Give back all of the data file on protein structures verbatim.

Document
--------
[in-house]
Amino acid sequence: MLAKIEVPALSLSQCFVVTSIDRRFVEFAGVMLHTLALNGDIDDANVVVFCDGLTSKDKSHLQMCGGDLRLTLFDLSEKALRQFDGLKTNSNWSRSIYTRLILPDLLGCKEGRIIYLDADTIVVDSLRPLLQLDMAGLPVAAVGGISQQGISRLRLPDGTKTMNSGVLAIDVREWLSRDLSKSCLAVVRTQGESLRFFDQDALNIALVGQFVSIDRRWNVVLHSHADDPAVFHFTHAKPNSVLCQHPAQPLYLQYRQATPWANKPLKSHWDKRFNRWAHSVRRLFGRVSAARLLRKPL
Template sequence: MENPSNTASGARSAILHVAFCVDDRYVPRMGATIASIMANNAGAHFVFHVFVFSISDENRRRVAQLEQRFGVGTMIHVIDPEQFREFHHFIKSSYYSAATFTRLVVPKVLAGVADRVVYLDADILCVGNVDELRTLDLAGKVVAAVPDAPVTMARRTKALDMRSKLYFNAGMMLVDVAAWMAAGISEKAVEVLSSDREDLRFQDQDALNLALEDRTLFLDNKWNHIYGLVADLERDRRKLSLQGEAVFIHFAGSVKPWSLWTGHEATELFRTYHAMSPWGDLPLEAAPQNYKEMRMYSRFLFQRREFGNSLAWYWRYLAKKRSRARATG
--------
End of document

[in-house]
Amino acid sequence: MLAKIEVPALSLSQCFVVTSIDRRFVEFAGVMLHTLALNGDIDDANVVVFCDGLTSKDKSHLQMCGGDLRLTLFDLSEKALRQFDGLKTNSNWSRSIYTRLILPDLLGCKEGRIIYLDADTIVVDSLRPLLQLDMAGLPVAAVGGISQQGISRLRLPDGTKTMNSGVLAIDVREWLSRDLSKSCLAVVRTQGESLRFFDQDALNIALVGQFVSIDRRWNVVLHSHADDPAVFHFTHAKPNSVLCQHPAQPLYLQYRQATPWANKPLKSHWDKRFNRWAHSVRRLFGRVSAARLLRKPL
Template sequence: MENPSNTASGARSAILHVAFCVDDRYVPRMGATIASIMANNAGAHFVFHVFVFSISDENRRRVAQLEQRFGVGTMIHVIDPEQFREFHHFIKSSYYSAATFTRLVVPKVLAGVADRVVYLDADILCVGNVDELRTLDLAGKVVAAVPDAPVTMARRTKALDMRSKLYFNAGMMLVDVAAWMAAGISEKAVEVLSSDREDLRFQDQDALNLALEDRTLFLDNKWNHIYGLVADLERDRRKLSLQGEAVFIHFAGSVKPWSLWTGHEATELFRTYHAMSPWGDLPLEAAPQNYKEMRMYSRFLFQRREFGNSLAWYWRYLAKKRSRARATG